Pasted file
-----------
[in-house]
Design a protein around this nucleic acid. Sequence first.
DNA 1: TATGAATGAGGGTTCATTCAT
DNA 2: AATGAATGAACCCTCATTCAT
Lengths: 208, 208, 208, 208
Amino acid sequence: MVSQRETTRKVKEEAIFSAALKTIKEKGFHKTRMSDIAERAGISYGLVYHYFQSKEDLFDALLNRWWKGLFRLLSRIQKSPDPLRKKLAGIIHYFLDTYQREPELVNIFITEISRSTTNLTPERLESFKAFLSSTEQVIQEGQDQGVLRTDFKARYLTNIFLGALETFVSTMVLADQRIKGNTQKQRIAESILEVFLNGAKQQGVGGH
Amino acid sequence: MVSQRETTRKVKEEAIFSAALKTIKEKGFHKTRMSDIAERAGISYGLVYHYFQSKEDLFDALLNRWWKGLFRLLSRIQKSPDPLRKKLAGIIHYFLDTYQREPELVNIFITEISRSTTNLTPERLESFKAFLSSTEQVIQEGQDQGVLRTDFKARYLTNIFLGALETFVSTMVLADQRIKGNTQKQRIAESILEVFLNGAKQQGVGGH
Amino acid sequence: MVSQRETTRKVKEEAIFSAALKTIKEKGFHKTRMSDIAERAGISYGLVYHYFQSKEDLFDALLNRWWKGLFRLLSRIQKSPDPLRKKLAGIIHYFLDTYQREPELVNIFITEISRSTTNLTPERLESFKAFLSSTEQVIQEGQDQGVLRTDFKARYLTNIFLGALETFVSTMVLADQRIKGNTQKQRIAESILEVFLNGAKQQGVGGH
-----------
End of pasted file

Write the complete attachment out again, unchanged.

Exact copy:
[in-house]
Design a protein around this nucleic acid. Sequence first.
DNA 1: TATGAATGAGGGTTCATTCAT
DNA 2: AATGAATGAACCCTCATTCAT
Lengths: 208, 208, 208, 208
Amino acid sequence: MVSQRETTRKVKEEAIFSAALKTIKEKGFHKTRMSDIAERAGISYGLVYHYFQSKEDLFDALLNRWWKGLFRLLSRIQKSPDPLRKKLAGIIHYFLDTYQREPELVNIFITEISRSTTNLTPERLESFKAFLSSTEQVIQEGQDQGVLRTDFKARYLTNIFLGALETFVSTMVLADQRIKGNTQKQRIAESILEVFLNGAKQQGVGGH
Amino acid sequence: MVSQRETTRKVKEEAIFSAALKTIKEKGFHKTRMSDIAERAGISYGLVYHYFQSKEDLFDALLNRWWKGLFRLLSRIQKSPDPLRKKLAGIIHYFLDTYQREPELVNIFITEISRSTTNLTPERLESFKAFLSSTEQVIQEGQDQGVLRTDFKARYLTNIFLGALETFVSTMVLADQRIKGNTQKQRIAESILEVFLNGAKQQGVGGH
Amino acid sequence: MVSQRETTRKVKEEAIFSAALKTIKEKGFHKTRMSDIAERAGISYGLVYHYFQSKEDLFDALLNRWWKGLFRLLSRIQKSPDPLRKKLAGIIHYFLDTYQREPELVNIFITEISRSTTNLTPERLESFKAFLSSTEQVIQEGQDQGVLRTDFKARYLTNIFLGALETFVSTMVLADQRIKGNTQKQRIAESILEVFLNGAKQQGVGGH